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Some of Aphria's medical marihuana plants grow in their greenhouse in Leamington, Ont.

GEOFF ROBINS/The Globe and Mail

The latest pullback in pot stocks may be a buying opportunity for investors willing to stomach continuing volatility in the sector as Canada gets closer to legalizing recreational marijuana.

Shares of some of Canada's largest licensed marijuana companies such Canopy Growth Corp., Aurora Cannabis Inc., OrganiGram Holdings Inc., CanniMed Therapeutics Inc. and Emerald Health Therapeutics Inc. are down by between about 10 per cent to 30 per cent since April 12, the day before Ottawa tabled its legislation with a self-imposed deadline to legalize pot by July 1, 2018.

Shares of Canopy, Canada's largest producer, are down 15 per cent since April 12 and have lost about half their value since they hit a high of $17.86 in November. Still, the stock is up almost 240 per cent over the past year.

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Shares of Aphria Inc., which hit a high of $8.77 on April 11, have dropped by almost 30 per cent since. Aphria insiders appear to view the pullback as a buying opportunity. At least three insiders have been buying shares in the public market in recent weeks.

The Horizons Medical Marijuana Life Sciences ETF, which went public on April 5, recently started trading below its $10 initial public offering price, moving further away from its high of $12.40 on April 11.

"We do see this in the markets when you have a big event. Once that event passes, a lot of the short-term investors sell their position," says PI Financial analyst Jason Zandberg. "I do see this as a buying opportunity."

Mr. Zandberg believes the recent selling pressure "has probably diminished, but I can see these names trading sideways for a bit."

That's because many key areas of the legalization still need to be worked out, including how pot products will be taxed, advertised and distributed. Ottawa will license marijuana producers and is leaving distribution and sales to the provinces.

Analysts say the next major catalyst that may potentially push up stock prices for publicly listed pot producers could be when the first major province announces how it plans to regulate and distribute recreational marijuana.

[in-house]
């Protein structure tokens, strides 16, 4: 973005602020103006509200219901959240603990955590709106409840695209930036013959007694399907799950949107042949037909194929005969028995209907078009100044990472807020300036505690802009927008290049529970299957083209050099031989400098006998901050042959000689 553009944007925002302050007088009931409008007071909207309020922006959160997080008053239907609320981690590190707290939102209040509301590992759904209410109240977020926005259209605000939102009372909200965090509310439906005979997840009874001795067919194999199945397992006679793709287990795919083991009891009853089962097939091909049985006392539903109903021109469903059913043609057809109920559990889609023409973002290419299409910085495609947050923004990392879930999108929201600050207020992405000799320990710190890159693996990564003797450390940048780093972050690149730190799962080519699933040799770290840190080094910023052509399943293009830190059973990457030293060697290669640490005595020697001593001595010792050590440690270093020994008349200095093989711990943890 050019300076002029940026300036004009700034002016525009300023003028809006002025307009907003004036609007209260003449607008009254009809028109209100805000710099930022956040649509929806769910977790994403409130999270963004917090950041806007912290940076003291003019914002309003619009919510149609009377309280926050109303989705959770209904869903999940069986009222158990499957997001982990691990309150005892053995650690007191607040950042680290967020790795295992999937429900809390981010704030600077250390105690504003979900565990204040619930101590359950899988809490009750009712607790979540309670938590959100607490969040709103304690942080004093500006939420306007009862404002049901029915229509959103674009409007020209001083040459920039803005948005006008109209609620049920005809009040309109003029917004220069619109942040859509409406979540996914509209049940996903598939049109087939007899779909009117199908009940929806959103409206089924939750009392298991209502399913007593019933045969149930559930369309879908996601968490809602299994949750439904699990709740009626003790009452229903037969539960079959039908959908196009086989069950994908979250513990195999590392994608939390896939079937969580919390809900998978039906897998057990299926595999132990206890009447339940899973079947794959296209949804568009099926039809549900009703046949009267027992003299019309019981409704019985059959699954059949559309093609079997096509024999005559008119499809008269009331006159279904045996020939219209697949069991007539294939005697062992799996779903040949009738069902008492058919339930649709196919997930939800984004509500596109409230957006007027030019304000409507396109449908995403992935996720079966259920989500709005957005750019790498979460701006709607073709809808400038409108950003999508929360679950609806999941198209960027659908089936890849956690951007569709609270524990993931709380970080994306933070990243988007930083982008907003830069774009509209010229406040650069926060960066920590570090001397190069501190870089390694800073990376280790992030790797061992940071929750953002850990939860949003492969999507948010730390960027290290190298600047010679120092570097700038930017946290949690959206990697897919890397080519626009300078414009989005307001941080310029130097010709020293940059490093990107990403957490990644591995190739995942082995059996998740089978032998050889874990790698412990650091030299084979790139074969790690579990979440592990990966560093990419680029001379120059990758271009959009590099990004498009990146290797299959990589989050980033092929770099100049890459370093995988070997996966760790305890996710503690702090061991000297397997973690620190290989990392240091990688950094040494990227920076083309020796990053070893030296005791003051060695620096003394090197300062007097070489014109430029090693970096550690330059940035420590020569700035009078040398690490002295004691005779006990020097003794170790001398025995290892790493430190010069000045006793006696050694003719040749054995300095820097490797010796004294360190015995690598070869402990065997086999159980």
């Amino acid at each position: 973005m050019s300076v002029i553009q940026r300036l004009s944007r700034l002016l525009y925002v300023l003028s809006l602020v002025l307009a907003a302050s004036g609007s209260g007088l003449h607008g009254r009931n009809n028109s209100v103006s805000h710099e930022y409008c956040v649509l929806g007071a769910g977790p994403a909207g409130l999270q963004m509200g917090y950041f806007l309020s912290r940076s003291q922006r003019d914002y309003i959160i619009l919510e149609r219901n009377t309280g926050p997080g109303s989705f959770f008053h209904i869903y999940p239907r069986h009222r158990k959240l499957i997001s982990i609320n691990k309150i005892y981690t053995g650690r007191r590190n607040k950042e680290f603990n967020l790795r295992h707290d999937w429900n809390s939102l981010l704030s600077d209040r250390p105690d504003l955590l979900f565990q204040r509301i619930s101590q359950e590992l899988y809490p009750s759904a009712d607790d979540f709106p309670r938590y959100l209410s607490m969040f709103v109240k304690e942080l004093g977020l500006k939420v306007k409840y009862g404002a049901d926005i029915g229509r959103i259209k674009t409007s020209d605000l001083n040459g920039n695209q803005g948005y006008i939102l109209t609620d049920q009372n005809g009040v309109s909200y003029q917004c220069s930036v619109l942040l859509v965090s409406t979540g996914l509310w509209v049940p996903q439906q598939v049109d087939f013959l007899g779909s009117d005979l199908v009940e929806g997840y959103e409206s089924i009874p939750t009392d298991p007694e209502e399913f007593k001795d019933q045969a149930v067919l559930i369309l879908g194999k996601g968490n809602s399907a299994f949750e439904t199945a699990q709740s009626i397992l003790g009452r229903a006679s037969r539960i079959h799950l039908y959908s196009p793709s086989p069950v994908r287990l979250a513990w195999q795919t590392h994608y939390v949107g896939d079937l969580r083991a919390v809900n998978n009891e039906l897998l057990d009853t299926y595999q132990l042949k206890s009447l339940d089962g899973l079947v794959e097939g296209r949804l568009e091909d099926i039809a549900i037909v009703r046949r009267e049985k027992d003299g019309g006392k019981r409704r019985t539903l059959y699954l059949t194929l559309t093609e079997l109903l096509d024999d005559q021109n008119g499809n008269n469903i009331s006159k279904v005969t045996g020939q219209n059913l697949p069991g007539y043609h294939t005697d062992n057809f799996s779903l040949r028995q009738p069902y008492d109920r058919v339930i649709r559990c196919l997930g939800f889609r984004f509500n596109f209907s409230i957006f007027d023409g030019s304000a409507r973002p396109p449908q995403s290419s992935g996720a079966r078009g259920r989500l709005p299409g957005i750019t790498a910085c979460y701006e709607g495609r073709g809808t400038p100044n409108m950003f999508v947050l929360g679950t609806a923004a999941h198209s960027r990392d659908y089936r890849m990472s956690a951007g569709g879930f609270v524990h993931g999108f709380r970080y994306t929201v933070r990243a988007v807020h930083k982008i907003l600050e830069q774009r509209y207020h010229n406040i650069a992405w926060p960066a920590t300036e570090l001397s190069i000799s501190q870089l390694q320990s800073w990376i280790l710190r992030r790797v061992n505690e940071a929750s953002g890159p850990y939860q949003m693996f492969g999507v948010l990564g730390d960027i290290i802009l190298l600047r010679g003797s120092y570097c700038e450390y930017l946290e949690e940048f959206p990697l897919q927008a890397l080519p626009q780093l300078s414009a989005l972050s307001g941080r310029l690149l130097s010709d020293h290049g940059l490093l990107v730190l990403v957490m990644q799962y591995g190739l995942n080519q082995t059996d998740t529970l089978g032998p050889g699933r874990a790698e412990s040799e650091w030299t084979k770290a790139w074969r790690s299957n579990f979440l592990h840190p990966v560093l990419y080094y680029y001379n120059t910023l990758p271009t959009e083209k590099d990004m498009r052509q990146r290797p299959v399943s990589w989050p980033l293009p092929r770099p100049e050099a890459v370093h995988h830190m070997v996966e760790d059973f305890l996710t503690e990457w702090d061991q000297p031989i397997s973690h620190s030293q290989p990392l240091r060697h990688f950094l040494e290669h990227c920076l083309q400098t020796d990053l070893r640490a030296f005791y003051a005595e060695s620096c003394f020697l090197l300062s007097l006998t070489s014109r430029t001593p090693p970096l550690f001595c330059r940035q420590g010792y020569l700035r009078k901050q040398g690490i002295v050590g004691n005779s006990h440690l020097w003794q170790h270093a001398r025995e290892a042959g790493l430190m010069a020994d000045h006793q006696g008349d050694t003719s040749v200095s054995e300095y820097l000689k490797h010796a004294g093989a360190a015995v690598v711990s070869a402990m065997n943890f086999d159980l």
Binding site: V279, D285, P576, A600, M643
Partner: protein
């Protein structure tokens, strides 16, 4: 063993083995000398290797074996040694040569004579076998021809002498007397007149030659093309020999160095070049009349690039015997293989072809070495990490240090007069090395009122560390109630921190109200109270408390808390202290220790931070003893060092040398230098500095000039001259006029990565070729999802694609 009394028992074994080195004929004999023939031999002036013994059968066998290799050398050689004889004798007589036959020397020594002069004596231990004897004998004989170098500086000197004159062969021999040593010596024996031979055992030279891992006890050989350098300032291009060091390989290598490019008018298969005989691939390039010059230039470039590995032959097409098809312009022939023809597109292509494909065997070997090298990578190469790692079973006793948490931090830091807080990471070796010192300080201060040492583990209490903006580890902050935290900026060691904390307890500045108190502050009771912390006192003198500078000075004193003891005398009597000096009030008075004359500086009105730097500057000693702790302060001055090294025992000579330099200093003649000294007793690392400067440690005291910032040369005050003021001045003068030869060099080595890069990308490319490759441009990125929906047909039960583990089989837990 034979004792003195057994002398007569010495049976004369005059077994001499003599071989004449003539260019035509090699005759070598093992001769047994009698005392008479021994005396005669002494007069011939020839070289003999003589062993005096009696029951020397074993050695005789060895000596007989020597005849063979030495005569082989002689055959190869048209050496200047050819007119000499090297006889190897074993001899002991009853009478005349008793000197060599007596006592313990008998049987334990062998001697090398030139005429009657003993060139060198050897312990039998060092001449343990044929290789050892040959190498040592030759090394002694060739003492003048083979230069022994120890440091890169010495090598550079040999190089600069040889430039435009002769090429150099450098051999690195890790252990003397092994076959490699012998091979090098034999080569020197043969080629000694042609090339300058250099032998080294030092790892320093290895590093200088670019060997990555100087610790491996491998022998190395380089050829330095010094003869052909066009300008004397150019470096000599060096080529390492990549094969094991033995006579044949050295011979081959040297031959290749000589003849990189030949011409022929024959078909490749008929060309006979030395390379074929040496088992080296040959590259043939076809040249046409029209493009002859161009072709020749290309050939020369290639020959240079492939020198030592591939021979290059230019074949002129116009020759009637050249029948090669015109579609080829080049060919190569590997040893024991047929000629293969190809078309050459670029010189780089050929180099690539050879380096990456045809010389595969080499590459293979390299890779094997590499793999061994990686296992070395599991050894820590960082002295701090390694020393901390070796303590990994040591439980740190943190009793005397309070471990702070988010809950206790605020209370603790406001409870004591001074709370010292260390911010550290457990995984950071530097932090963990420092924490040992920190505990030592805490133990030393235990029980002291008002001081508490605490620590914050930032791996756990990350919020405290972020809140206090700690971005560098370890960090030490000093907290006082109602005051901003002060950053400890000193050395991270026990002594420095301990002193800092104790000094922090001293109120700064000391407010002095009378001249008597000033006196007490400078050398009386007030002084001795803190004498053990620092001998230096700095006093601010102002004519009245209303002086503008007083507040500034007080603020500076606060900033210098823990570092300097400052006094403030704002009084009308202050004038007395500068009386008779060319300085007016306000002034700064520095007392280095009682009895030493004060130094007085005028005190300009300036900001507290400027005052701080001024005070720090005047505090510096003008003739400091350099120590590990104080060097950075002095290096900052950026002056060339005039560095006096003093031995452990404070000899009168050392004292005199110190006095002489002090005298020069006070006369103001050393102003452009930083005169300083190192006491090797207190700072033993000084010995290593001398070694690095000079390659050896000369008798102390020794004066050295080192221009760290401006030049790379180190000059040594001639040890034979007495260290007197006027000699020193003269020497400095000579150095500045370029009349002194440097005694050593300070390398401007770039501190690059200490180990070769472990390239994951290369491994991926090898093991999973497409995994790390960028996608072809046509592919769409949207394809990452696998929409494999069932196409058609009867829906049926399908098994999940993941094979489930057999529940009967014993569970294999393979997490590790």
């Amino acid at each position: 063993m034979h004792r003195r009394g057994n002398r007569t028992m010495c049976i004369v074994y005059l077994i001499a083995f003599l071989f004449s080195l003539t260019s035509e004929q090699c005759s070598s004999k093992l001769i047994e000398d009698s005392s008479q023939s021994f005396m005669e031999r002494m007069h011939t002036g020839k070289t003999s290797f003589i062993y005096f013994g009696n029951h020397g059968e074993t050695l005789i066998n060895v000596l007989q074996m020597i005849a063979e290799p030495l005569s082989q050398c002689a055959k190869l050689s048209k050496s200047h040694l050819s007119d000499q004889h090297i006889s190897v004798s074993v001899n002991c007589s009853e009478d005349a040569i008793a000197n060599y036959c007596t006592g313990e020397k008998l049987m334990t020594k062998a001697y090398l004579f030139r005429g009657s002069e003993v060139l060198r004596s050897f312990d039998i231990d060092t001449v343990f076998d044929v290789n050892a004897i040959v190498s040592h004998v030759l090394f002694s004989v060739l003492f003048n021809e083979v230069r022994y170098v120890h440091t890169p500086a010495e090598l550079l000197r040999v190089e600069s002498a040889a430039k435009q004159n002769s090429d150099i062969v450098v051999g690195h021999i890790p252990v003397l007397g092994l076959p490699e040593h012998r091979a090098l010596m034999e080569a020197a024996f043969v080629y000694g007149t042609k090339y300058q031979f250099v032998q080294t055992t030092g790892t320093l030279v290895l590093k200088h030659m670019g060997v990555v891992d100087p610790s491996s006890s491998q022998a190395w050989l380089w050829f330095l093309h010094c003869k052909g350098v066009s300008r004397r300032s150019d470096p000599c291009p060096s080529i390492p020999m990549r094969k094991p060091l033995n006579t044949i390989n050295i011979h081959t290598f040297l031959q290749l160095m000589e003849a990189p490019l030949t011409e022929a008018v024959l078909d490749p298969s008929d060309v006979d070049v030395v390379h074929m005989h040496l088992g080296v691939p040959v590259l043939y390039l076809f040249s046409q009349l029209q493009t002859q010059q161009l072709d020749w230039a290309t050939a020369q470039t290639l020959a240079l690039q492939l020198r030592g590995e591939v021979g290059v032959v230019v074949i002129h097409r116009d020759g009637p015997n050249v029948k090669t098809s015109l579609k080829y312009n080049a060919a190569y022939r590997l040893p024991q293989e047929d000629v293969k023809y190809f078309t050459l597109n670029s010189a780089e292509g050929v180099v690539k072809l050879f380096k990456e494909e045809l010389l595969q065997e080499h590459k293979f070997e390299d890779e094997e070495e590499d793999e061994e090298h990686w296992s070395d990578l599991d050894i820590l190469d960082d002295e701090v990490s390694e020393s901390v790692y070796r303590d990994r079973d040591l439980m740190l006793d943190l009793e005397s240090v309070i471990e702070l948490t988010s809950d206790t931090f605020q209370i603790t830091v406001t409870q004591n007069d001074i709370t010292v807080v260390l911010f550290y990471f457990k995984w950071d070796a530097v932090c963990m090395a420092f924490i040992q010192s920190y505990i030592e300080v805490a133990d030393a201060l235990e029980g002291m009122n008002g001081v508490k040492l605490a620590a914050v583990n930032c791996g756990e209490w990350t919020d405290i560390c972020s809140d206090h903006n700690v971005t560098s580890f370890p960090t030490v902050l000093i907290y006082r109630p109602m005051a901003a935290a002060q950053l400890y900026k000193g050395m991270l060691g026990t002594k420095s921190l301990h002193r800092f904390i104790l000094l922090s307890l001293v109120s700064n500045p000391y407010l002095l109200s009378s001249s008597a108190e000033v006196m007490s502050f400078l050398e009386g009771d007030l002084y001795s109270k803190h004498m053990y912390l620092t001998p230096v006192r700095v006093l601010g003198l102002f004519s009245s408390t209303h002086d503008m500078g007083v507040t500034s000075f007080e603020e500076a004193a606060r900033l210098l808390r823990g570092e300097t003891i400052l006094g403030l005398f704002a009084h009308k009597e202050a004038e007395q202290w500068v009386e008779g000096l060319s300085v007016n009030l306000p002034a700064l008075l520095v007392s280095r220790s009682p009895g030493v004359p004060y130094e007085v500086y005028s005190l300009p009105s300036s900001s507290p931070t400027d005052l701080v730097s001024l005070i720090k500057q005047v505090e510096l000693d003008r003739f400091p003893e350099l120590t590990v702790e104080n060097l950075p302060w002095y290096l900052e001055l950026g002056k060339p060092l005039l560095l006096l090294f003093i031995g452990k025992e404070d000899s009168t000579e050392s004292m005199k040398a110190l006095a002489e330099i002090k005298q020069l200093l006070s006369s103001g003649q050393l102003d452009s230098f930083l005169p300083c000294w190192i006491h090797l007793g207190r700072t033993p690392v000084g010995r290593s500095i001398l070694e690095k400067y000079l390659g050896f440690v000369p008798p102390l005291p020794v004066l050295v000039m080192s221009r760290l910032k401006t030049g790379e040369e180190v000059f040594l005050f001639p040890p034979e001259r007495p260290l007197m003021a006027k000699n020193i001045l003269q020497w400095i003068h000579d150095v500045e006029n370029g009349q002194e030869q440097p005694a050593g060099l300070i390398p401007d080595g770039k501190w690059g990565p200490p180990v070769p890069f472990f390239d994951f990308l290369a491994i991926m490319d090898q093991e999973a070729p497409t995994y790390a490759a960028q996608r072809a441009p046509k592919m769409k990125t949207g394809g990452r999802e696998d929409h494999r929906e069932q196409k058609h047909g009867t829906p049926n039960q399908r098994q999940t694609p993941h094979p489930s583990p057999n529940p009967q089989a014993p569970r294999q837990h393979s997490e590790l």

"That could remove some uncertainty around how the market will look," says Echelon Wealth Partners analyst Russell Stanley. "I think people need some colour around how this will look as a business by the middle of next year."

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Analysts are also expecting more mergers and acquisitions in the sector, which may drive up valuations. One of the biggest deals in the sector to date was Canopy Growth's recent $430-million takeover of Mettrum Health Corp., for a 42-per-cent premium.

Bruce Campbell, portfolio manager at StoneCastle Investment Management, which owns a handful of cannabis producers, expects companies in the sector to begin trading more independently from here.

"The news to date has been more macro driven," Mr. Campbell says. "Going forward, execution and one-off events will start to matter more. It's not that they haven't already, but if all of a sudden one company comes out producing stronger profits or growth than another, the market will start to sit up and pay attention. That will start to show up in the valuations of the stock and the prices as well."

Ryan Modesto, chief executive officer at independent research company 5i Research, says pot stocks are still expensive, despite the recent pullback. He cautions investors about getting in.

"It's hard to get too excited just because they've moved down," says Mr. Modesto.

He expects competition among producers to be intense, which will drive down margins.

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For perspective, Mr. Modesto says the sector is currently trading at an average of about 13 times enterprise value to sales for the next 12 months, compared with 9.3 times for Facebook Inc., 8.5 for Shopify Inc. and 4.9 times for Google parent Alphabet Inc.

"Those are all higher margin tech companies that typically garner some of the highest valuations and growth in the market compared to a sector that still faces a lot of scrutiny and potential regulatory constraints," Mr. Modesto says.

"Given the fact that we don't really know what the [marijuana] industry is going to look like on the retail side yet, it's a tough space for us to get excited about."

Your home isn't the only thing that can be tide to the housing markets ups and downs.

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